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The Post and Courier



CBT resident choreographer Jill Eathorne Bahr

decided that none of the ballet versions of

Shakespeare's classic love story, concerning

the feuding families of the Montagues and the

Capulets, ideally matched the talents and

aspirations of the CBT.


Jill Eathorne Bahr has followed in some impressive footsteps, as most balletomanes consider the two most famous ballet versions of "Romeo and Juliet" to have been choreographed by Sir Kenneth McMillan for the Royal Ballet and John Cranko for the Stuttgart Ballet. Jill Eathorne Bahr has created her most inventive, powerful choreography to date in the challenging production of "Romeo and Juliet". Now we have our own ballet version of Shakespeare's tragedy, choreographed by Bahr for the Charleston Ballet Theatre. Certainly, she passed a difficult test with excellence, judging from the mesmerizing "Romeo and Juliet" at the Sottile Theatre.


The story is faithful to Shakespeare's play. The warring Montague and Capulet families, who have long held a grudge, are furious when Juliet Capulet and Romeo Montague fall in love upon meeting at a grand masquerade ball in the Renaissance city of Verona, Italy. piece, with sumptuous costumes and the fantastic music of Serge Prokofiev, is filled with high emotions, but still retains splashes of humor, provided mainly by Stephen Gabriel as the mischievous Mercutio, Romeo's best friend.


I returned to Shakespeare for character and story development," says Bahr, who sought to define the dynamics in the Capulet household and has highlighted the relationship between Lady Capulet (Melissa Weber) and her trouble-seeking nephew, Tybalt (Matthew McKinney). If there is to be such drama over Tybalt's death, then Lady Capulet's feelings toward him must be made evident beforehand The crowd was captivated from the beginning as Escalus, Prince of Verona, introduces the two warring families, the Capulets and the Montague’s. Visiting guest dancer Jerry Burr projected a compelling presence as Escalus.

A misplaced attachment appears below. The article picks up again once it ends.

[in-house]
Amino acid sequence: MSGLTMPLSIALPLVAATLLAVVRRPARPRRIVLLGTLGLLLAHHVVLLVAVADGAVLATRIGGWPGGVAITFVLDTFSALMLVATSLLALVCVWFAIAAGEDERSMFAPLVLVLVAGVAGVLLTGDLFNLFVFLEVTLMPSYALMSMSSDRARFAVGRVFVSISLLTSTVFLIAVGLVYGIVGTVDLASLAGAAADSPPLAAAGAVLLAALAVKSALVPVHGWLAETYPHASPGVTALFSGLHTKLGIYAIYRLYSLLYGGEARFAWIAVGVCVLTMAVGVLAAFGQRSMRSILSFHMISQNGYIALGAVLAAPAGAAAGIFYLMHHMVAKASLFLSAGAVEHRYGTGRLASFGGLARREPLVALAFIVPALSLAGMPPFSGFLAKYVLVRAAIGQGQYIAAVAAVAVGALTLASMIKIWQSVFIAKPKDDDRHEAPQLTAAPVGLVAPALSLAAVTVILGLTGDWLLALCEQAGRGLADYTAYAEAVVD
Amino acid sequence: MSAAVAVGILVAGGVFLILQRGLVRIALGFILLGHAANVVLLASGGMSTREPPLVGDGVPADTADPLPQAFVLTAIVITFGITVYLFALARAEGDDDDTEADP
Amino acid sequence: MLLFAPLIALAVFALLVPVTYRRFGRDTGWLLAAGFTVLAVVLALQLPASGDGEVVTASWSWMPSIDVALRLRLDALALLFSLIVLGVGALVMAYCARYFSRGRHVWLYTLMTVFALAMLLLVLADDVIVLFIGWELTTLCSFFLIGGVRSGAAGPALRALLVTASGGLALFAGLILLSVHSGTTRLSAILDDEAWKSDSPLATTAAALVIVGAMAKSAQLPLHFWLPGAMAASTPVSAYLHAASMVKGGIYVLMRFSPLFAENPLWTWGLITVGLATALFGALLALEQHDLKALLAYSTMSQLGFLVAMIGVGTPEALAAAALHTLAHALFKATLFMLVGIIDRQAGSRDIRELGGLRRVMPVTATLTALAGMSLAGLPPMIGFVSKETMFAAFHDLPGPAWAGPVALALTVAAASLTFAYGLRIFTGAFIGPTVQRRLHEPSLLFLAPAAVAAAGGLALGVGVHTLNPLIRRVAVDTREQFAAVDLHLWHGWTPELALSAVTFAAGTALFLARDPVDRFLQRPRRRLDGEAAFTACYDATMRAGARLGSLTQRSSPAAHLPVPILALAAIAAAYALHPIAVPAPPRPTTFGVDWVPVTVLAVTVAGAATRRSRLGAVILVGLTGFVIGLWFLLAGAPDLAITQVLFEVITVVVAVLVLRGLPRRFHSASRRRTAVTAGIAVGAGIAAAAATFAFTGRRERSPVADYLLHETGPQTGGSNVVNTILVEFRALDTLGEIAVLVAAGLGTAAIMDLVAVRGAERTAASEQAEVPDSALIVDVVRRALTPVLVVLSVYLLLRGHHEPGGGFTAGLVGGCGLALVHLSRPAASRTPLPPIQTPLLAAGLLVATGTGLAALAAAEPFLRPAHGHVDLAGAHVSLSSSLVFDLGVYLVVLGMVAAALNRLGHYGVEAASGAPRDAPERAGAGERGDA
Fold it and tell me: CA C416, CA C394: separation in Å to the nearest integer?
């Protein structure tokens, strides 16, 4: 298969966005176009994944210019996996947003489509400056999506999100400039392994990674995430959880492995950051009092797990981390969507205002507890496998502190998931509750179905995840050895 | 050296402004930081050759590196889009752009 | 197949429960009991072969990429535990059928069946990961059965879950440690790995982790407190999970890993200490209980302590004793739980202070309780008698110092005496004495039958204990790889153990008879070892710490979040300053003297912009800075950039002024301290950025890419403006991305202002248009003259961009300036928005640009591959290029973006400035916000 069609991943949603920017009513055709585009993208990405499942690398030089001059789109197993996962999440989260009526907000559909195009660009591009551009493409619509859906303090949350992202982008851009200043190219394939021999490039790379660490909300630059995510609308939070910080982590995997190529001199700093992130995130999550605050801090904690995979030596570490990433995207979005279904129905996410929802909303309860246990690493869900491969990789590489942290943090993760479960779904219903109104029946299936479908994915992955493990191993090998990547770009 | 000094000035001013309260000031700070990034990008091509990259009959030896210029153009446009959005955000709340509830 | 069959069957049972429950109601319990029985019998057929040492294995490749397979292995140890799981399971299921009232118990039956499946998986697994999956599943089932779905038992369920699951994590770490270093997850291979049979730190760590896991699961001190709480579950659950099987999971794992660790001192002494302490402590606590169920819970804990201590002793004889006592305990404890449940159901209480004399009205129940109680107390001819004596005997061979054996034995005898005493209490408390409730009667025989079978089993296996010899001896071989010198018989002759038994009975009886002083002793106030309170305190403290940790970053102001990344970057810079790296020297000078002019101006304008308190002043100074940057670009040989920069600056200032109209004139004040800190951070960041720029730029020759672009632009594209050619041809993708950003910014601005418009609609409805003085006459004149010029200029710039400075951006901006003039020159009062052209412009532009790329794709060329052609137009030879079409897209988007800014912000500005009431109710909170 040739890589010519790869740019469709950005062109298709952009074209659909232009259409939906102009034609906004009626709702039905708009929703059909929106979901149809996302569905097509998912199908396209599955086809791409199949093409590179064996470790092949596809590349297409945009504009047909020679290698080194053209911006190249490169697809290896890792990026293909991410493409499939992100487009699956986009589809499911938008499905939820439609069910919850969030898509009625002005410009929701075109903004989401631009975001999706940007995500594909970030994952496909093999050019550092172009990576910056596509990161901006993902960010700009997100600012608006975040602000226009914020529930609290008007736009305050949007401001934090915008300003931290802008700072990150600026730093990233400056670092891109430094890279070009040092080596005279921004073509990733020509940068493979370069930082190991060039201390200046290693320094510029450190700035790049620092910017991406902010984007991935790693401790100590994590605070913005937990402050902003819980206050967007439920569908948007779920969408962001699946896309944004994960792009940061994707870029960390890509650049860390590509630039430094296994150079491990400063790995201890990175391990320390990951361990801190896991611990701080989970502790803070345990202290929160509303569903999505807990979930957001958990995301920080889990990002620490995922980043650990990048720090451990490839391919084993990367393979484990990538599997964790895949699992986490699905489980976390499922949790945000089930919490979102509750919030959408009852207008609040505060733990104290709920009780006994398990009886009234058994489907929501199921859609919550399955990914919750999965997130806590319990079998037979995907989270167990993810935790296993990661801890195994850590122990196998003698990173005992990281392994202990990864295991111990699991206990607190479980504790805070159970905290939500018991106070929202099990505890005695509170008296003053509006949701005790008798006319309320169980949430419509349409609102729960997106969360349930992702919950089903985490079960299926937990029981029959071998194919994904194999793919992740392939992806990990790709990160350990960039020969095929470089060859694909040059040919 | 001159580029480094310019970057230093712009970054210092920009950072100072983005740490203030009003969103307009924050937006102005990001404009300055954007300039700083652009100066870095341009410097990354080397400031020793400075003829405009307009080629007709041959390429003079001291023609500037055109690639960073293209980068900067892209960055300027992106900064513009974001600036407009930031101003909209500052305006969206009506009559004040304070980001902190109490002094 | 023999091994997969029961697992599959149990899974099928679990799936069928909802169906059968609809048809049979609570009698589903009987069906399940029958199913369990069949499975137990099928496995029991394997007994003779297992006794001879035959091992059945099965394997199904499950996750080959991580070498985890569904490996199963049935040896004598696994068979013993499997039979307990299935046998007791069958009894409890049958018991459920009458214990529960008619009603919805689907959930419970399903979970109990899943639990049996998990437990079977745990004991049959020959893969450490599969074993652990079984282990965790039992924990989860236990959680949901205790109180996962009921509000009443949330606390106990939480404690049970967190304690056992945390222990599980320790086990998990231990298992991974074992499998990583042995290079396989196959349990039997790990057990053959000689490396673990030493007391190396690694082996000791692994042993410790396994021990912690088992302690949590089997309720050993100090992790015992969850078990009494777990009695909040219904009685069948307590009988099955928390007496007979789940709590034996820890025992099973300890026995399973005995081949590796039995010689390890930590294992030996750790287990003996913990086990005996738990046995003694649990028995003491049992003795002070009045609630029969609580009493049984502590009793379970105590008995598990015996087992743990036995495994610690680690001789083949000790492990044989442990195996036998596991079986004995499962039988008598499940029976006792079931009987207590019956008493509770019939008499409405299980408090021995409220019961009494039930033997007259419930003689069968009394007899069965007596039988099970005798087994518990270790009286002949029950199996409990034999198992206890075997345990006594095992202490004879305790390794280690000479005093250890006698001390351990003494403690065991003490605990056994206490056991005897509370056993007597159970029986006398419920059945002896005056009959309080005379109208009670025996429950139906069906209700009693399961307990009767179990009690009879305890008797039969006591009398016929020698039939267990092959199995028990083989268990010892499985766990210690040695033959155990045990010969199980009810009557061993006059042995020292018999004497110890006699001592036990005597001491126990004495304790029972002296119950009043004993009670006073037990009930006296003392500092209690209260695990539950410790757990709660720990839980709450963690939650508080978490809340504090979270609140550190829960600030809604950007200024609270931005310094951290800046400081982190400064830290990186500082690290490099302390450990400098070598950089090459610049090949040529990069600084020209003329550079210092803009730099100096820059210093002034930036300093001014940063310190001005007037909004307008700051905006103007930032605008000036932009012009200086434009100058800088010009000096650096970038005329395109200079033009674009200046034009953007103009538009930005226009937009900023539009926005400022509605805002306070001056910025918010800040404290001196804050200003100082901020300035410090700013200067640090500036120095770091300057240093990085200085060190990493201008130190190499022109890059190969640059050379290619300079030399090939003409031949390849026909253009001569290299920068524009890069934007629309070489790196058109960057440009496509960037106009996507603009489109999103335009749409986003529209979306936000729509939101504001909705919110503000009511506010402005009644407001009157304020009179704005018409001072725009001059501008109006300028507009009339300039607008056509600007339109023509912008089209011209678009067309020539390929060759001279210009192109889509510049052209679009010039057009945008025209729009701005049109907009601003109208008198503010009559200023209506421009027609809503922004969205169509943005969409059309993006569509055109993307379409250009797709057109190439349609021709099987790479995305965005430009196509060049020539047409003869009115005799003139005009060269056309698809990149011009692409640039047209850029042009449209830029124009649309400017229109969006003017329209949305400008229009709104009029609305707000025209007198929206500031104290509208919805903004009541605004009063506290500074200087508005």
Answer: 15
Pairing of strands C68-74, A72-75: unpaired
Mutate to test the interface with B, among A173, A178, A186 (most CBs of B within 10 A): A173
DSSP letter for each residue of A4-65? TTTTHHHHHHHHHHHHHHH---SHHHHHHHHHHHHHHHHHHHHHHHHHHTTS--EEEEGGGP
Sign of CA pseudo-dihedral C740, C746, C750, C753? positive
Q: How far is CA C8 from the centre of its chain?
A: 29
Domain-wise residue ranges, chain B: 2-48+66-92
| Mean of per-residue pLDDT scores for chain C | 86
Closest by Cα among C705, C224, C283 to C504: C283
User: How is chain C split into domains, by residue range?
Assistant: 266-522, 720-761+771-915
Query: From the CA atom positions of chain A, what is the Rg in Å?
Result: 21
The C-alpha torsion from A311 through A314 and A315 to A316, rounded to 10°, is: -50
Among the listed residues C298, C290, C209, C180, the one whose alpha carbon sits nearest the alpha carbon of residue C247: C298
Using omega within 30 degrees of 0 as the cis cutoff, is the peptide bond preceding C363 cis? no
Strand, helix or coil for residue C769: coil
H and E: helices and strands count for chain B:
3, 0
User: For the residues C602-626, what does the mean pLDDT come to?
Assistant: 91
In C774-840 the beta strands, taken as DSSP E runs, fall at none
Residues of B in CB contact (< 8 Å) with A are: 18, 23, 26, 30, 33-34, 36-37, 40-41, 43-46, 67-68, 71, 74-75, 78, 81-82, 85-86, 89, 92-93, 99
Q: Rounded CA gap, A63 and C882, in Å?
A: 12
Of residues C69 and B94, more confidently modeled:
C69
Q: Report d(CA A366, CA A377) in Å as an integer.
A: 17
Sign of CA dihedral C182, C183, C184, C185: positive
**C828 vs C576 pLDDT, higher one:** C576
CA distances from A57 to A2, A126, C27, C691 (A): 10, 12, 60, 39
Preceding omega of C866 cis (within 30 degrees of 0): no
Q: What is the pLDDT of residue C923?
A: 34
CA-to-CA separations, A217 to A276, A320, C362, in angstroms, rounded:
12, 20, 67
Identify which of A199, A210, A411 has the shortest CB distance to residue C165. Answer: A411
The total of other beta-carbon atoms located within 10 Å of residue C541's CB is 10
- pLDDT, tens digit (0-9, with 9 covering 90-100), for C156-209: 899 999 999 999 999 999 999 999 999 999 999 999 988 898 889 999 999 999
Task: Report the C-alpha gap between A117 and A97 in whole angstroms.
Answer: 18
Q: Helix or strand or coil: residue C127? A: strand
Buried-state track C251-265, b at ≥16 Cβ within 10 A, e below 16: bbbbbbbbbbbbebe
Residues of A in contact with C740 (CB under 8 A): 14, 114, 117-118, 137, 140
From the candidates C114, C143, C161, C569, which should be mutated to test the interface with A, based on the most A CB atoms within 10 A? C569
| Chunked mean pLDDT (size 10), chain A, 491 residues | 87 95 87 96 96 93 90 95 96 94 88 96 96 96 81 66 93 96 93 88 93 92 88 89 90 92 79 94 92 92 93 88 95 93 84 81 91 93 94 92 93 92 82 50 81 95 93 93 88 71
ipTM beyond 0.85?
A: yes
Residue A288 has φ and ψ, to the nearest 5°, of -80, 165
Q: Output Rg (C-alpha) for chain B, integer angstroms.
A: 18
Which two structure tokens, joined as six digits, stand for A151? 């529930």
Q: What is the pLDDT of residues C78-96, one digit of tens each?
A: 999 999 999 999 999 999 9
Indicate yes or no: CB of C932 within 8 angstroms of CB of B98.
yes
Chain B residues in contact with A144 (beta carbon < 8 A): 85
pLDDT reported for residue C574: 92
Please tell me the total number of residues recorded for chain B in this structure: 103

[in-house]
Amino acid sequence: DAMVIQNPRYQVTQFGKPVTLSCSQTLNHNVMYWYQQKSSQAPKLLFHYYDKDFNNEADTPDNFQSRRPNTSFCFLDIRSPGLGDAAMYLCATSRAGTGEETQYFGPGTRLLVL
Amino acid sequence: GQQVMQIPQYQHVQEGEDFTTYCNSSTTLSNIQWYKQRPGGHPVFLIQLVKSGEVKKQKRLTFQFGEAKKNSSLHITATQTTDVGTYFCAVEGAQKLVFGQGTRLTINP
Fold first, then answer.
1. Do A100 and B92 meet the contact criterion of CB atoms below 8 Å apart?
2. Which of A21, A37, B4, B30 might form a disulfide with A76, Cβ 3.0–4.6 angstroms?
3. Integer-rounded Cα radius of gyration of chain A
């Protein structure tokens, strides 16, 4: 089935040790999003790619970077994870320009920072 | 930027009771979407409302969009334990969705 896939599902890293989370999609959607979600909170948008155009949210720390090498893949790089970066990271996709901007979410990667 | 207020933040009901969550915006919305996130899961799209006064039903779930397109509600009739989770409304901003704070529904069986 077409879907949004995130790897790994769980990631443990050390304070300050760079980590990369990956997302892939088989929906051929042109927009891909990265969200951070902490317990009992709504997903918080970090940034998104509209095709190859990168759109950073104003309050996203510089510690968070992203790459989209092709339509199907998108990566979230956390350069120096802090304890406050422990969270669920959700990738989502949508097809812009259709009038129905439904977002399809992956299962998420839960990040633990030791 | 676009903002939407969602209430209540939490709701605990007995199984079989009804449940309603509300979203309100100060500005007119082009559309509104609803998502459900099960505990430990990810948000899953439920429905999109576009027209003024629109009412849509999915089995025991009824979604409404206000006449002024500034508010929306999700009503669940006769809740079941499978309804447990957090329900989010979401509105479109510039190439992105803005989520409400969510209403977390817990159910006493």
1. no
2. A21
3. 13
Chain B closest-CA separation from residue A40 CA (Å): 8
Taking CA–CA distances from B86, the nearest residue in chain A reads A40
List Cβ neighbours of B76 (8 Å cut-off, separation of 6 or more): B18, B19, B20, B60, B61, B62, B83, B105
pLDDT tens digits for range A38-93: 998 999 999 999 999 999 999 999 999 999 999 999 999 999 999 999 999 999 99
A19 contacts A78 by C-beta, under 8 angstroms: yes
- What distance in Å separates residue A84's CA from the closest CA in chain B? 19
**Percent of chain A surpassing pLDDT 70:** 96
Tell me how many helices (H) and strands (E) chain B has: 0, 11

Lisa Pinkham's lighting design was no less than spectacular, as was John Claussen's set design. In all, it is a major undertaking that deserves to be seen. "You gotta be tough to dance Romeo," says Jonathan Tabbert, who will take the male lead in "Romeo and Juliet" when Shakespeare's words are set to dance by the Charleston Ballet Theatre next weekend in the Gaillard Auditorium. "The fight scenes are terribly demanding, physically and emotionally, and it's hard because not only do you lose your best friend (Mercutio) to your most hated enemy, but by the end of the third act, you also have to leave your soul mate," he adds. "This ballet transcends across the footlights." Jessica Roan, who will portray Juliet, says that acting adds another challenge to ballet. "In this role, you truly get to bring depth of character to the steps," says the dance

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